More than 30 horses have been mutilated or killed in violent attacks across France since February. The motives for the attacks and the perpetrators are still unknown, although police made one arrest on September 7th in the eastern Haut Rhin department.
“I am not sleeping anymore and spend the nights guarding my horses,” said a horse breeder of six mares. “This situation is most distressing.”
“We don't understand who these people are and why they would want to brutally attack harmless animals who give so much in return.”
Dozens of horses, ponies and sometimes donkeys have been killed and mutilated all over the country. They have been disembowelled or bled to death. They have been slashed on various parts of their body, had their genitals and ears cut off as well as their eyes gouged.
Nicolas Demajean, who runs an animal shelter including horses in central France, told RFI that there have been occasional reports, over the last two years, of horses being maimed.
“But these barbaric attacks are now happening every day for the last two weeks,” he said.
The horse breeder in northern France, who wanted to remain anonymous for security issues, told RFI that the attacks are “unpredictable”.
“We never know when and how they will strike. We do not know how many they are.”
He told RFI that llamas had also been attacked.
“The attackers do not only go into meadows but are bold enough to target horses in the stables.”
Horse owners attacked
Demajean was injured on 25 August by two attackers as he tried to stop them. He was woken up in the middle of the night by animal cries and saw two men. A horse and two of the shelter's ponies were deeply lacerated.
Police in Yonne managed, following Demajean's description, to establish a sketch of the alleged assailant.
La Garde Républicaine, the French mounted police, advised horse owners to take off the head collars of horses in the fields, to regularly patrol the fields at night, install cameras if they can and call for the police if there is any suspicious activity.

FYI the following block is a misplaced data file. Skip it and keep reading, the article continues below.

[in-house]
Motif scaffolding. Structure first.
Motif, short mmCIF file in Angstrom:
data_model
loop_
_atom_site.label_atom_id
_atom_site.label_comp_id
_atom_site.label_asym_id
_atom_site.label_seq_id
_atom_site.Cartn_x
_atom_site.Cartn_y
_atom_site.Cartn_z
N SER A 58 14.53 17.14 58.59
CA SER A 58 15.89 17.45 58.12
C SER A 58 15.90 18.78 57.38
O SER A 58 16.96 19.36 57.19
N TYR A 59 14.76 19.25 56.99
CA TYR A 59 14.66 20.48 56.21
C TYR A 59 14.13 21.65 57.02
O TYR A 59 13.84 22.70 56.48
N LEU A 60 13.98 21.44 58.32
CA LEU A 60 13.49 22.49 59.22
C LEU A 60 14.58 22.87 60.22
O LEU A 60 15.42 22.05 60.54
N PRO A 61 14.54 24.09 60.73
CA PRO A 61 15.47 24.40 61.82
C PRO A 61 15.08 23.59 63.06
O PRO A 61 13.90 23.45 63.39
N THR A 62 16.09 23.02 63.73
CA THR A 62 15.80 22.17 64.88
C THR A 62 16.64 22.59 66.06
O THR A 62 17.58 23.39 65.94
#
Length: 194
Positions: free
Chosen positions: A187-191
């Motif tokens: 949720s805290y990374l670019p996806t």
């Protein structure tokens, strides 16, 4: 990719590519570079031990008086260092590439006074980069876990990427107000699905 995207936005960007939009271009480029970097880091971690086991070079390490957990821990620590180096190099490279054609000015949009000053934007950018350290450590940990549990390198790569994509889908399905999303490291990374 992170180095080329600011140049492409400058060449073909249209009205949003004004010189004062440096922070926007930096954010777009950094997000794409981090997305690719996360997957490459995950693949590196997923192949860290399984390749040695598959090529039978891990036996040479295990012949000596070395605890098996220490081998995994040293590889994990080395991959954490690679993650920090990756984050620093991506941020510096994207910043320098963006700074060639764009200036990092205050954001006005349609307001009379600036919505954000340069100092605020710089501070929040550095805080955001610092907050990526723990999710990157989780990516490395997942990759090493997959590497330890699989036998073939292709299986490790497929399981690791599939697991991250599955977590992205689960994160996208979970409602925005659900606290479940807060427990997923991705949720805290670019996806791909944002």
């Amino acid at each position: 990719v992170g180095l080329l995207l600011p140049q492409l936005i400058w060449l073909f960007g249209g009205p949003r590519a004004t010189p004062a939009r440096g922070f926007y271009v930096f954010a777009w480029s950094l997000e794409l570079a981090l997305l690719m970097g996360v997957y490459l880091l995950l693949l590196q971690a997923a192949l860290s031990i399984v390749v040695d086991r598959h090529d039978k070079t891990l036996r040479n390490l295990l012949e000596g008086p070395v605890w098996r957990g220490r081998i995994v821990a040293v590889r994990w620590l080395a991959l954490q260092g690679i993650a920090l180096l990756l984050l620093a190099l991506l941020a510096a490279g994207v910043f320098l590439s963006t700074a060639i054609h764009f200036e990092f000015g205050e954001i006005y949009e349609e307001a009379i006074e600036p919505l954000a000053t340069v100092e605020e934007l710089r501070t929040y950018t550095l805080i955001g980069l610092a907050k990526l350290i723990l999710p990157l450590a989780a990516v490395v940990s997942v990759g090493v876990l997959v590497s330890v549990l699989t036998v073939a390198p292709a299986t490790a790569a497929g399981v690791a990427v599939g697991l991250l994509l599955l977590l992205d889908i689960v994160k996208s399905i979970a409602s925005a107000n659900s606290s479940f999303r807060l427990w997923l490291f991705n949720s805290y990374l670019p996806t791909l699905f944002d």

Demajean told RFI he had to invest €19,000 euros for a new fence.
“We are just an animal shelter and even if we do not have that kind of money at hand, we will not spare any costs to protect the animals,” he said.
He also had alarms installed and employs a security firm. Volunteers agreed to patrol the shelter.
“There is so much that the gendarmes can do. There are not that many of them in secluded areas. So, we have to patrol the areas which may be targeted at night.”
The horse owner RFI spoke to said that he has brought his six mares, from the meadows, around his house so that he can keep a closer eye on them.
“I go out regularly during the night to check that they are all right,” he said.
Horse owners are regrouping on social media to share information about the attacks. There a number of “Equids surveillance” Facebook groups that have been set up as well as an interactive map showing where the attacks took place.
Agriculture minister, Julien Denormandie, vowed to “mobilise all resources to get justice done” during a visit at Parriauds Stables at Saint Eusèbe village on 28 August.
On 6 September, 40 gendarmes, a dog unit and a helicopter were deployed in the eastern Côte d'Or department after a man saw torches in his field. One of his horses had a superficial wound. The French police is now searching for two men.
Social media abounds with speculations of what kind of people are behind the attacks. Drug users, animal haters, a macabre dare, Satanists using the body parts for satanic rituals…
An interministerial group fighting sectarianism is also helping the police investigators.
Colonel Hubert Percie du Sert, gendarmerie coordinator, said that it is clear that the attackers act in groups.
Vigilantes face justice
Many owners are openly saying that they are armed and waiting for the attackers. In Brittany, a 51-year-old mother and her 23 years old daughter are now facing a possible five-year jail sentence and a €75,000 euros fine for having stopped and threatened two drivers they suspected were involved in the horses' attacks.
The two women used a pellet gun and a machete. Philippe Mahé, the prefect of Finistère prefect said that “it is unacceptable that owners of horses take justice into their own hands”.